If you are making merch for your shows, make sure you create a collection of the same logo to use on said merch – a black and white version, a full-color version, a transparent version, etc. With Beats by Dre, there is a look to fit every personality; you should want your merch store to accomplish just that. Make sure your logo speaks to your music and artistic persona. If you are unsure, it is best to consult a professional.

Furthermore, when selecting tracks for your upcoming album, think about diversifying. It’s great to have “a sound,” but you can still make sure there’s a little bit of something for everyone. Wouldn’t it be great if 10 fans came to your show and each thought of 4 different people in their life that would enjoy your album, picking up extra copies at the end of the show?

Following this simple yet important lesson can help take your music and your brand to a wider audience.

AND NOW FOR THE EXCITING EVENT DETAILS:

With the undeniable success of Beats by Dre, the company opened a pop-up store in SoHo in NYC on November 2, 2011. The store will remain open until January 15, 2012 in order for audio enthusiasts and music fans alike to experience the various models first hand and purchase their Retox Tracklisting | IXiiV Artist Consultingcustomized pair of headphones and more.

As Luke Wood, the COO of Beats, told the Post, “We want [the customer] to understand the idea behind Beats, the emotion of sound, the feeling of sound, we want them to understand it’s about the emotional art effect, it’s like music, film, a comic book, Beats is cultural, it’s relevant, it’s real.”

FRIDAY, JANUARY 13, 2012 | 67 Greene Street, NYC

Before the pop-up store closes its doors, there will be one event that NO music fan should miss: the release of Retox, a mixtape of tracks from more than 20 of today’s hottest artists and tomorrow’s rising stars compiled by none other than one of the industry’s most respected and talented remix DJ’s, DJ Tedsmooth.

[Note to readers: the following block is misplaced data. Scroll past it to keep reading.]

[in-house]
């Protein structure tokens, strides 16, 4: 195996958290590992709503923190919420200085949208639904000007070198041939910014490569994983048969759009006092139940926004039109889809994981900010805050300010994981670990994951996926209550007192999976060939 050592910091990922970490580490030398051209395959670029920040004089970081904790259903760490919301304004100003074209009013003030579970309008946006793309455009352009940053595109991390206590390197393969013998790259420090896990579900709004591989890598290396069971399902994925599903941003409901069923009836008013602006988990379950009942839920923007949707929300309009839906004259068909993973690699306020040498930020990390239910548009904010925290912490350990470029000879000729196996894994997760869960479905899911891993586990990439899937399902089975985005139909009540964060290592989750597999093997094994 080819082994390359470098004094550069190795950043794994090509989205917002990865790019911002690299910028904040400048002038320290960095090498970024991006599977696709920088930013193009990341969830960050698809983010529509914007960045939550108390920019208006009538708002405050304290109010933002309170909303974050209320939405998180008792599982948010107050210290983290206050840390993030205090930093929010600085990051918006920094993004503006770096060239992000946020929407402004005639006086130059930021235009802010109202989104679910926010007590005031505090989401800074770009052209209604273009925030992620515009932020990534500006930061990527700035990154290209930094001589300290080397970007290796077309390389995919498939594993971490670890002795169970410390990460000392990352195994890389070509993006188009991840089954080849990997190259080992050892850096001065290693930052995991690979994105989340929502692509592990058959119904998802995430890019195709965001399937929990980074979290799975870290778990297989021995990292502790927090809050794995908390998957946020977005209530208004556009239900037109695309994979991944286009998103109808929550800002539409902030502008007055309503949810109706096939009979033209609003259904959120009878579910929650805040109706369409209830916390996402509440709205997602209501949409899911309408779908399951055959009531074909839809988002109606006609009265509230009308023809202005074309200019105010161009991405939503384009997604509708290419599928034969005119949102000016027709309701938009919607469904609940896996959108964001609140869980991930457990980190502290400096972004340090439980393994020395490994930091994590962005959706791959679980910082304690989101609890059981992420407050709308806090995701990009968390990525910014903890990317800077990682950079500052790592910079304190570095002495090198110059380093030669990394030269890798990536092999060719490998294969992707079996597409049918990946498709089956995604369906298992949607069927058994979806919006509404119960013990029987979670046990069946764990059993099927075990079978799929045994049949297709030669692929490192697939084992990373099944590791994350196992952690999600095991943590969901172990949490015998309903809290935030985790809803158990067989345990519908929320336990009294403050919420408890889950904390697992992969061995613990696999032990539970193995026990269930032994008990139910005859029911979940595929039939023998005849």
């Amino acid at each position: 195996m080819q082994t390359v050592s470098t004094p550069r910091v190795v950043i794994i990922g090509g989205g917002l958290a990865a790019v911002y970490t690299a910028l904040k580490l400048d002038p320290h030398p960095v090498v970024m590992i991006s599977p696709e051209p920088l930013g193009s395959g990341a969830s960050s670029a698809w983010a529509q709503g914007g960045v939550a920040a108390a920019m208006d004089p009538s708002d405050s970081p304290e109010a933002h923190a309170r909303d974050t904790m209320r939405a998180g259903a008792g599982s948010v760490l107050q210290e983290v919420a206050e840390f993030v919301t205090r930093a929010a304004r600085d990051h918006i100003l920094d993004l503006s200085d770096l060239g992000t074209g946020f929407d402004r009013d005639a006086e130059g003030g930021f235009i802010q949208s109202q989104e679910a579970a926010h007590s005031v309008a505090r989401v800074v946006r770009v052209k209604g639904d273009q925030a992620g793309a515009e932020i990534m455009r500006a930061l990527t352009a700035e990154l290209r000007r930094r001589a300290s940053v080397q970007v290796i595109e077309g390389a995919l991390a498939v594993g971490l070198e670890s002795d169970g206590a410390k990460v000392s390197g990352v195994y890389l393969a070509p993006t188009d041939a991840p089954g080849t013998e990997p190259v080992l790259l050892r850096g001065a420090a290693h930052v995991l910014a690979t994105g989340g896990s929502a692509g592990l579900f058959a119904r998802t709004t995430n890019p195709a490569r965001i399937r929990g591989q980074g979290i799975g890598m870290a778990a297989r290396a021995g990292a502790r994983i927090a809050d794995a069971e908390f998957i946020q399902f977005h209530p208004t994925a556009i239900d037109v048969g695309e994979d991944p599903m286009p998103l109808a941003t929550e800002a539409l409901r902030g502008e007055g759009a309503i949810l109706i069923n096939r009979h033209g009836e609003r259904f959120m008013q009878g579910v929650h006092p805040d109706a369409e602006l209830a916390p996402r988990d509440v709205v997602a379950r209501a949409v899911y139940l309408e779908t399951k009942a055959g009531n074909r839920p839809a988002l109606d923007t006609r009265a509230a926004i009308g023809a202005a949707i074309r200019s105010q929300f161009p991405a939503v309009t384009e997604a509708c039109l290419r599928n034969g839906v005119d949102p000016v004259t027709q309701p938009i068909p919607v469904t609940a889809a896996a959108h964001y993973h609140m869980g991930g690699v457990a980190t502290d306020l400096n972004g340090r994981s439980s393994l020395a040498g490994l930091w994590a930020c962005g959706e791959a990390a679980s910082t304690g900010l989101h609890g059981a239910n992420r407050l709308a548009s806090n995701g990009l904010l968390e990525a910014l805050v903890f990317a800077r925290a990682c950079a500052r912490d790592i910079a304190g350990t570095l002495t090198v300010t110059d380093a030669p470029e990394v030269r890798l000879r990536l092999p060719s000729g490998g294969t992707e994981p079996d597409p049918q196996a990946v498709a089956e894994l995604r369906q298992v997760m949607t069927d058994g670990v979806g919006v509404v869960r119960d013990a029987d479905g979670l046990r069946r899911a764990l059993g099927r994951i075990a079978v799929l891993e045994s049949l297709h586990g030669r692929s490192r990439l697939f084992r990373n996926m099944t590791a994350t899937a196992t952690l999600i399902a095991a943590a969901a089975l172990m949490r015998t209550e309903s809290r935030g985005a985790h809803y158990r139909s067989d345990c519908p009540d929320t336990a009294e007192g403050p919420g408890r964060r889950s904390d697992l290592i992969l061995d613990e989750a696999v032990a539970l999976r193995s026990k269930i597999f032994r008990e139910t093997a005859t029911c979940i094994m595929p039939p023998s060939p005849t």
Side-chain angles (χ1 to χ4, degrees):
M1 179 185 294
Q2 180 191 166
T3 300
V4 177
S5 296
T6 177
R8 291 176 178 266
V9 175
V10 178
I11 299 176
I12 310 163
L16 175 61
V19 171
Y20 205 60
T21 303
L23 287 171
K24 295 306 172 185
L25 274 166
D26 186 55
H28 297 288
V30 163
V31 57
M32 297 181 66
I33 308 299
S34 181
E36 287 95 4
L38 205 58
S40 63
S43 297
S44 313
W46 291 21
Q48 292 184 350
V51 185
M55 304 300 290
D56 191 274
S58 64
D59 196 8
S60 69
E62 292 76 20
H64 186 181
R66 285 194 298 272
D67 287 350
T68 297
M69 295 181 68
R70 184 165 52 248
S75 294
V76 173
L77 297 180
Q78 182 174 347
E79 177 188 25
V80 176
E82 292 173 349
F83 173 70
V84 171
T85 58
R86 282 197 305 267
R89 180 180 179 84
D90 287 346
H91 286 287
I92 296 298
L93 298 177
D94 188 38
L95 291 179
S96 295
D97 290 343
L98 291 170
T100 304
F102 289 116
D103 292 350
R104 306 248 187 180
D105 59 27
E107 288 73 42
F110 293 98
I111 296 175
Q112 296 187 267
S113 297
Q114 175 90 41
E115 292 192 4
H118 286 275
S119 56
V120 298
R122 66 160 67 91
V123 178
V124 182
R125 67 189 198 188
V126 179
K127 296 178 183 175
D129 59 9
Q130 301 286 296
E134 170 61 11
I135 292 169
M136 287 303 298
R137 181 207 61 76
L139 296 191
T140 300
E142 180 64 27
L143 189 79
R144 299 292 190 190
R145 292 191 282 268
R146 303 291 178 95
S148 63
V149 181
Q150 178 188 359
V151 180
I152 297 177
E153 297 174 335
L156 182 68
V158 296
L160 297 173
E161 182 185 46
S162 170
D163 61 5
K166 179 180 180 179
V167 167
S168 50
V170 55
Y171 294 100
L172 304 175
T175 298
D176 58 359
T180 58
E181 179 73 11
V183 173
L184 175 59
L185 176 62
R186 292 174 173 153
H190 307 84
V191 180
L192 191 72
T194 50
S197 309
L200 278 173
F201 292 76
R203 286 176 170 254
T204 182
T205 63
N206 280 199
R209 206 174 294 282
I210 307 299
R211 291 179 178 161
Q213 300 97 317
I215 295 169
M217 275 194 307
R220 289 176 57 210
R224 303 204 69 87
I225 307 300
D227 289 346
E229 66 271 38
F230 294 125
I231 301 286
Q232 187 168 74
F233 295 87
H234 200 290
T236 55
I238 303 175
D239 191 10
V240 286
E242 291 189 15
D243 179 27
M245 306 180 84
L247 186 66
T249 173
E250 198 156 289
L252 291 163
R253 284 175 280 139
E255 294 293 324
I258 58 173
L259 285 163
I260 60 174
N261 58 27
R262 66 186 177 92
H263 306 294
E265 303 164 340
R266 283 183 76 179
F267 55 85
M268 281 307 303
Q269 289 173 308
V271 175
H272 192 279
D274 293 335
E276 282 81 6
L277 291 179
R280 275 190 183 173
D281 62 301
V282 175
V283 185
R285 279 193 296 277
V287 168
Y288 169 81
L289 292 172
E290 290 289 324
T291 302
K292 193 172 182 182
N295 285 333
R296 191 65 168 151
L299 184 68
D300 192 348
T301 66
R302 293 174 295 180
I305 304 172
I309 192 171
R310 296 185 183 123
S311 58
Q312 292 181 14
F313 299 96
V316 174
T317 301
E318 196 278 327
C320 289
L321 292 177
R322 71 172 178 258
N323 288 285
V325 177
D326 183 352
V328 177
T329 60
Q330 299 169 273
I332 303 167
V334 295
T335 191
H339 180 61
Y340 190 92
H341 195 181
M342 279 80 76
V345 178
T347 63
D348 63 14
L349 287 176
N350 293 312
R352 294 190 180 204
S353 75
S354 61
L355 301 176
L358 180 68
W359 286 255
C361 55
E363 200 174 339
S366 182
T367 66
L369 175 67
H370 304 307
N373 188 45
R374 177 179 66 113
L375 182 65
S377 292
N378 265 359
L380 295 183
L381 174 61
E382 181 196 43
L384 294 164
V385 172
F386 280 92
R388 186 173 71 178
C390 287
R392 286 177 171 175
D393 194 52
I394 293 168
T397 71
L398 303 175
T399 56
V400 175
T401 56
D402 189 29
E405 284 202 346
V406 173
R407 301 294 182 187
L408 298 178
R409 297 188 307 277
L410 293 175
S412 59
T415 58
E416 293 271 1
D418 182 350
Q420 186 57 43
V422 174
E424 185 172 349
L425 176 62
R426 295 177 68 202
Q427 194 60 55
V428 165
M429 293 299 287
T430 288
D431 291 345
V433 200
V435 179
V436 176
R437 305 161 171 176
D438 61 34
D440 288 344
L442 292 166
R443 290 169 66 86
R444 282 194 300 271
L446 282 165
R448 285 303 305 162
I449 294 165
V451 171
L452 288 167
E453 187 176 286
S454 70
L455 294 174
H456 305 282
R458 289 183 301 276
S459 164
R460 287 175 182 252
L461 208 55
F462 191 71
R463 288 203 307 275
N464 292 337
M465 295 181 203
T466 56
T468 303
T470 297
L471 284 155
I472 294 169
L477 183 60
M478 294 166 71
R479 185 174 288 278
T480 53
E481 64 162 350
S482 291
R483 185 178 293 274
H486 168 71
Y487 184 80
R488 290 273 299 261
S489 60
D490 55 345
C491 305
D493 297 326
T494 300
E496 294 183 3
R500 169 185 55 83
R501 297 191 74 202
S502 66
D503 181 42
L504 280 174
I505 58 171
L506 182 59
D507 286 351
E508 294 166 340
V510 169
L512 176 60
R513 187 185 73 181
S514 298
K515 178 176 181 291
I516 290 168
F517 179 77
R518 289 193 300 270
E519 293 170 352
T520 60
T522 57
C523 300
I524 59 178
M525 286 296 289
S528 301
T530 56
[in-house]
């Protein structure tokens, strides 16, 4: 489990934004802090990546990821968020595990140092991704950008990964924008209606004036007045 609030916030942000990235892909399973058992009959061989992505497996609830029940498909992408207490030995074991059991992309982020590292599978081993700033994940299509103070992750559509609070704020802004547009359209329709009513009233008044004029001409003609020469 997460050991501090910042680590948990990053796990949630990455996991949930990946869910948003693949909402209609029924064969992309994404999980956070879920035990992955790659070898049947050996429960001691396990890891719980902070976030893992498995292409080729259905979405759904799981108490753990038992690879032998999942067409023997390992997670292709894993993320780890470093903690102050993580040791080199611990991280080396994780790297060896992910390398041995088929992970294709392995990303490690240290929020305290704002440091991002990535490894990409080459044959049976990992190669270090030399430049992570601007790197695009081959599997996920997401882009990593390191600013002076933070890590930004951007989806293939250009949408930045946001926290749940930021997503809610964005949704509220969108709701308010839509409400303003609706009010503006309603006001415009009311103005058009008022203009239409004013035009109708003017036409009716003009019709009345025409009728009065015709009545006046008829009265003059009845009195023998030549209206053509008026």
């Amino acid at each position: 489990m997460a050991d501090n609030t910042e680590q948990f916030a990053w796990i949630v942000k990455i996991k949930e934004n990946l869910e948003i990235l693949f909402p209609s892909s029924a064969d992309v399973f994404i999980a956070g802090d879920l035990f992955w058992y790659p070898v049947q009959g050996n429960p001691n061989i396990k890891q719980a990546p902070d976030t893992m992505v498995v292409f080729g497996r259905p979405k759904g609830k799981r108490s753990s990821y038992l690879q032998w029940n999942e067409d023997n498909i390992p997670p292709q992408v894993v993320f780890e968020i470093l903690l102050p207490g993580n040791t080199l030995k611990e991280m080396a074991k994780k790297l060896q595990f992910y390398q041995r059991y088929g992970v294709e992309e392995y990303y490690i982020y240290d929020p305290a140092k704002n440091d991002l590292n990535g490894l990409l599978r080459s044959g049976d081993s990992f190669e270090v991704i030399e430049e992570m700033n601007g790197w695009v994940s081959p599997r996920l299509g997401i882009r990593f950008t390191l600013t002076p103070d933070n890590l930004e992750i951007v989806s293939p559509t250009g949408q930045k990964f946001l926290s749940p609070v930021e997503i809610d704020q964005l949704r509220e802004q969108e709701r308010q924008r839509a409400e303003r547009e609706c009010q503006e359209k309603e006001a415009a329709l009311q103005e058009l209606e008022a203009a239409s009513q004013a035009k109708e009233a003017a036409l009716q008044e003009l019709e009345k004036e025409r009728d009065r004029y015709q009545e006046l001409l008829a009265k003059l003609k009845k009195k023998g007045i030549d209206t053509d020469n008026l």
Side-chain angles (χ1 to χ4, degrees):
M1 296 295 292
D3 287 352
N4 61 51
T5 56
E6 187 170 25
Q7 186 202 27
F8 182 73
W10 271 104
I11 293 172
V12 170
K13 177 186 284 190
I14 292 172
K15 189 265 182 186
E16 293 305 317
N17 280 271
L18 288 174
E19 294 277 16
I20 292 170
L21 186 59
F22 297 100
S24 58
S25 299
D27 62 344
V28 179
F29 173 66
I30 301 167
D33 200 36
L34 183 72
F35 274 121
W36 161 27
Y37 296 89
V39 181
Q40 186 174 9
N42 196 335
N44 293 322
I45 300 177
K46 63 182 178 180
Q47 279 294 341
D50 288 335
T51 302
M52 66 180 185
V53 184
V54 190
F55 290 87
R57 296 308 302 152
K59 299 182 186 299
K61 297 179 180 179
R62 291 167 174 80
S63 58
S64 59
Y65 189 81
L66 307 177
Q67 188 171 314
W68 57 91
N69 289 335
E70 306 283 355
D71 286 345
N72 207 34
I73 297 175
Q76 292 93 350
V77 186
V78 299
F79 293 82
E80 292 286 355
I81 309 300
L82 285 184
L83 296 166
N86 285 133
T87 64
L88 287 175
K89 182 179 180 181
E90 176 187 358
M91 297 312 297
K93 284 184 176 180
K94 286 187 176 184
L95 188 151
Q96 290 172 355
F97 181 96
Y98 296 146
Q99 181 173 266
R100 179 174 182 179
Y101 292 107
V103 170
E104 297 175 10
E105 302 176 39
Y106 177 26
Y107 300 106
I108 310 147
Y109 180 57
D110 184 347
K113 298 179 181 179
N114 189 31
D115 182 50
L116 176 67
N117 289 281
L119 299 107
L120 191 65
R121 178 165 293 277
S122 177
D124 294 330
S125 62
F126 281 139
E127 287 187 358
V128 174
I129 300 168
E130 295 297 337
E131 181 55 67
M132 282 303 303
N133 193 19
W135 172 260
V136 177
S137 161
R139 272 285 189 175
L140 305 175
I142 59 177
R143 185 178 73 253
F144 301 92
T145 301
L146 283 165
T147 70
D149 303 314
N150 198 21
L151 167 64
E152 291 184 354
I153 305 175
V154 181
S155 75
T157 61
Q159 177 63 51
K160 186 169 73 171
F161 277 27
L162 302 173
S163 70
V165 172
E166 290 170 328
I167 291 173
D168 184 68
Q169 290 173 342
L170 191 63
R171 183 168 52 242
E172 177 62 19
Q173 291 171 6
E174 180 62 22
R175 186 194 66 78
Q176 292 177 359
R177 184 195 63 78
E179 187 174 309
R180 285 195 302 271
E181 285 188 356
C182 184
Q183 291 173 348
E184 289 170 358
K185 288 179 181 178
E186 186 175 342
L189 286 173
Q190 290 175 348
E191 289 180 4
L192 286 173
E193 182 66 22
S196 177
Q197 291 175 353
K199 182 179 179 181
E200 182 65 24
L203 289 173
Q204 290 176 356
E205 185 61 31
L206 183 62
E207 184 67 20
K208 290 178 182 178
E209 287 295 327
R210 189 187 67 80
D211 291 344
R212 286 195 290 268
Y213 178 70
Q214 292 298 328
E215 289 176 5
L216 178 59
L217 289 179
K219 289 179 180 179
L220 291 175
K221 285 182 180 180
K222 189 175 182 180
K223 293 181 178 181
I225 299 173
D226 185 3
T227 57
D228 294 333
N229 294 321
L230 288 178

Get Retox for free with purchase of a t-shirt! The Beats by Dre store is the ONLY place to get this limited instant classic, only a few hundred have been pressed. DO NOT MISS THIS OPPORTUNITY!

No ticket needed, just come to 67 Greene Street early to secure your spot on line!

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Comments
3 Responses to “Beats by Dre: A Lesson in Brand Diversity”
  1. Great information in this post. This success of these headphones is clearly a result of not only a great product, but a great marketing strategy.
    personal branding sounds so obvious but is ignored by a lot of folks out here. Its inspiring to see someone put it to work and become so successful.

    David Sentongo
    Twitter: @davesentongo
    davesentongoproductions@gmail.com

  2. IXiiV Artist Consulting says:

    Thanks, David! We completely agree, a product can’t reach its full potential without a solid strategy, no matter who endorses it. Beats by Dre clearly had both. I wonder why something so obvious is so often ignored…